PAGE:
Submarines: How Not To Build A Scorpene

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June 20, 2016: India's effort to build six French Scorpene submarines under license finally got the first of these Kalvari class subs into the water in late 2015. This sub is currently undergoing sea trials and is expected to enter service by the end of 2016 and the other five by 2020. This project was mismanaged by Indian procurement bureaucrats and is over budget and at least five years late. It wasn’t supposed to be that way but it almost always is when the Indian military procurement bureaucracy is involved.

Some of the overruns and delays were also the fault of poor management by the Indian firms building the Scorpenes. One of the worst examples of this occurred in 2013 with the departure of ten Spanish technical advisors for the Scorpenes. Their contract expired at the end of March 2013 and, despite the expiration date being well known, Indian bureaucrats were unable to get a new contract in place on time. Similar avoidable delays have occurred several times already and the price has gone up with each delay.

Building the subs in India was very important for India because it would provide thousands of Indian workers and specialists with the skills and practical experience needed to build modern submarines. But it appears that all this will be wasted because the defense procurement bureaucrats seem to have learned nothing from the past. These officials already caused numerous delays and cost overruns during negotiations to build these diesel-electric submarines. The bureaucrats mismanaged this deal to the extent that it is now more than five years behind schedule. But it is even more behind schedule if you count the several years the Indian bureaucrats delayed it even getting started. The purchase contract was finally signed in 2005. The delays and mismanagement have so far increased the cost of the $4 billion project by 25 percent (to $834 million per sub).

In contrast Malaysia ordered two Scorpenes in 2002. These were built in Spain and France and delivered seven years later. The original plan was to have the first Indian built Scorpene delivered at the end of 2012. Instead it arrived in 2016. The decade delays in signing the deal to buy the Scorpene in 2005 caused problems, The French found there were now much higher prices on some key components. The first Scorpene was to be built in France, with the other five built in India. While some problems were expected (India has been doing license manufacturing of complex weapons for decades), the defense ministry procurement bureaucrats never ceased to amaze when it came to delaying work or just getting in the way.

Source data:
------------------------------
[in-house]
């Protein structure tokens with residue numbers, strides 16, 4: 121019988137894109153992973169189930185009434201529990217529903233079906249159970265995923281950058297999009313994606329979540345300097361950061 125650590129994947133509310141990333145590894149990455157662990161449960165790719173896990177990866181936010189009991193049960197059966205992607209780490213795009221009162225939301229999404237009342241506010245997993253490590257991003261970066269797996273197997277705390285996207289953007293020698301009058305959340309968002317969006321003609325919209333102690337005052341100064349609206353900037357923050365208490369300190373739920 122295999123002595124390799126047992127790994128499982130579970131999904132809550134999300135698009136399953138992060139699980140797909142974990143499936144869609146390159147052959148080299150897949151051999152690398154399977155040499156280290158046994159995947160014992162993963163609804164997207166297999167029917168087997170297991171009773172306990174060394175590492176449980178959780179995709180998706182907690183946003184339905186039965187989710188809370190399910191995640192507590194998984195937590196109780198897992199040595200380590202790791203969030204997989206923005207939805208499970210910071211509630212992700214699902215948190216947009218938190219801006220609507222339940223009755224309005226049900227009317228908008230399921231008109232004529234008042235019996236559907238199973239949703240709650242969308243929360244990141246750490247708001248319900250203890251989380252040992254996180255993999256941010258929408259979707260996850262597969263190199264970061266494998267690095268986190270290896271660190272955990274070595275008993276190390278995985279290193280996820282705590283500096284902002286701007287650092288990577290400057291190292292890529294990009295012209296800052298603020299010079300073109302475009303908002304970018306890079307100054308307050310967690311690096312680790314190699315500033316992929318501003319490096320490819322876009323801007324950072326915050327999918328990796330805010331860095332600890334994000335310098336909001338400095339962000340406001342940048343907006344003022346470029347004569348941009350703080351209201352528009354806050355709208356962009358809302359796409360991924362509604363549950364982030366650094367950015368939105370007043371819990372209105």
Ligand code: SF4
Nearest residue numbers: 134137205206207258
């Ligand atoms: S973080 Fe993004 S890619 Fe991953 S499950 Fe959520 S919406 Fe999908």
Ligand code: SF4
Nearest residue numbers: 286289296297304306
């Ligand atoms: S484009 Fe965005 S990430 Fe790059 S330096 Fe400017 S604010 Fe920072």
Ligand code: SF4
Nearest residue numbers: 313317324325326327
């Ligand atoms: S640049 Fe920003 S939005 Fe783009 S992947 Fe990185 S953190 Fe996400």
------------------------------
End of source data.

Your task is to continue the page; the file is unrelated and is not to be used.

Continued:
The Scorpenes are similar to the Agosta 90B subs (also French) that Pakistan ordered in 1994. The first of the Agostas was built in France and entered service in 2003. The other two were built in Pakistan and both were in service by 2008. The Indian Scorpene purchase was seen as a response to the Pakistani Agostas. The Scorpene are a more recent design, the result of cooperation between French and Spanish sub builders. The Agosta is a 1,500 ton (surface displacement) diesel-electric sub with a 36 man crew and four 533mm (21 inch) torpedo tubes (with 20 torpedoes and/or anti-ship missiles carried). The Scorpene is a little heavier (1,700 tons), has a smaller crew (32), and is a little faster. It has six 533mm torpedo tubes and carries 18 torpedoes and/or missiles. Both models can be equipped with an AIP (air independent propulsion) system. This enables the sub to stay under longer, thus making the sub harder to find. AIP allows the sub to travel under water for more than a week, at low speed (5-10 kilometers an hour). Two of the Indian Scorpenes are to have Indian made AIP installed.

All this ineffective urgency is in play because India's submarine fleet is dying of old age and new boats are not going to arrive in time. It's not like this was a surprise, but the Indian defense procurement bureaucracy has long been noted as slow, sloppy, and stubborn, especially in the face of demands that it speed up. The twisted tale of the tardy submarines is particularly painful. The plan was to have a dozen new subs in service by the end of the decade. At present, there will be (with a bit of luck) six or so in service by then. The procurement bureaucracy is still seeking a supplier for the second batch of six diesel-electric subs. This second six probably won’t even begin arriving by the end of the decade. It's hard to say, although the defense procurement nabobs speak of "fast tracking" this project, but long-time observers are not expecting speed.

Because of the Scorpene delays, some of the elderly Type 209s are being kept in service (but not allowed out to sea much) for several more years. Meanwhile several of the older Kilos have reached retirement age. Thus, by the time the first Scorpene enters service in late 2016, India will only have five or six working subs. India believes it needs at least 18 non-nuclear subs in service to deal with Pakistan and China.

 


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